Yesterday, Gordon Brown addressed a joint meeting of Congress. Did you know? Exactly. This is the least significant visit to the United States by the least significant Prime Minister in post-war history, and one of the most unpopular to boot. Say what you will about Brown — and I do — this is sad stuff.
My take on his speech is up at the Heritage Foundation’s Foundry blog. In short, it was the speech he was expected to give, far better than Obama on the Special Relationship, stout but insubstantial on security, and globalist and incoherent on the economy. But, as is often the case when politicians turn to history, Brown’s vision of American economic policy post-1945 was askew, and in ways that reveal what he intends in his vaunted “Global New Deal.”
According to Brown, U.S. visionaries responded to the Great Depression, and then World War II, by producing a bold plan for global economic cooperation, one based on shared prosperity. That is entirely right. But at the root of that plan was what became the General Agreement on Tariffs and Trade, the GATT, the basis for today’s WTO. True, there was also the IMF, a stabilization board in an era of fixed currencies, and the World Bank, a reconstruction fund for a highly developed area — Western Europe — that had serious but temporary problems.
But it was GATT that was tasked with the most important and enduring duty: reducing the protectionism that American leaders saw as central to the deepening of the Depression and to the rise of the Nazis. And that was a two-fold diagnosis: Protectionism was economically destructive, and centralized control of economies was profoundly illiberal. Reducing protectionism was a contribution both to economic good sense and liberal government, in a world composed of sovereign, democratic, capitalist, nation-states.
How different this is from Brown’s vision. Simultaneously, he attacks protectionism, praises government intervention to “shape global markets to meet the needs of the people,” and argues for the creation of global institutions to restrain the ability of nations to, for instance, create “tax havens” by shrinking government. This is a vision that, except for the rejection of protectionism, has nothing in common with the U.S. leaders he praises.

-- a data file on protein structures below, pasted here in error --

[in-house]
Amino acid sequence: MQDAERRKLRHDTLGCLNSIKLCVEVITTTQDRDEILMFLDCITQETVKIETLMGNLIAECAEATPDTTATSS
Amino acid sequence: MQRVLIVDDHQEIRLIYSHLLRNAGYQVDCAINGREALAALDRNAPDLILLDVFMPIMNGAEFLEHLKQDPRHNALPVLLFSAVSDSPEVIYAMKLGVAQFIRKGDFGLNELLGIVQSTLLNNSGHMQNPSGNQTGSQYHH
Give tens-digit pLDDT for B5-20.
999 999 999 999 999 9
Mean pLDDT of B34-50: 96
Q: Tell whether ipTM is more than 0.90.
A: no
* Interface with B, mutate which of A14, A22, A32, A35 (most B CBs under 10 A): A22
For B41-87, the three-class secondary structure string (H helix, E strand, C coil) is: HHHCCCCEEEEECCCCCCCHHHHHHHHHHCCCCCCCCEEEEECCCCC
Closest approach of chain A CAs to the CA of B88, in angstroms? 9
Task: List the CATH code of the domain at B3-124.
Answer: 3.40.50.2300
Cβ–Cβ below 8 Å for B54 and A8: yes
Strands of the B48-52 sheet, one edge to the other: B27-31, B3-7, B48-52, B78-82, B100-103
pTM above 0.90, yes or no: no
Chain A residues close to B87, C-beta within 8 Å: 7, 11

When they saw tariffs, they worried about the overbearing, destructive state. They believed that a state big and willful enough to control trade would necessarily be illiberal. When he sees tariffs, he worries that the state is not large enough, and that it should be supplemented and controlled by global governance. He believes that a big and willful state will magically refrain from controlling trade, and will remain safely liberal.
This is not one of those arguments about the differences between Victorian liberalism and modern liberalism. The post-1945 generation, like Brown, were modern, big-state liberals. But those liberals had seen what all out government control wrought, and while they wanted more of it than conservatives wished, they were indeed right, and wise, to turn away from their early protectionist leanings and the all-controlling state on which it rested. That way, they realized, lay economic and political disaster of the most illiberal kind. The pity is that today, when the state is far, far larger than it was in the late 1940s, liberals do not have the wisdom of their ancestors.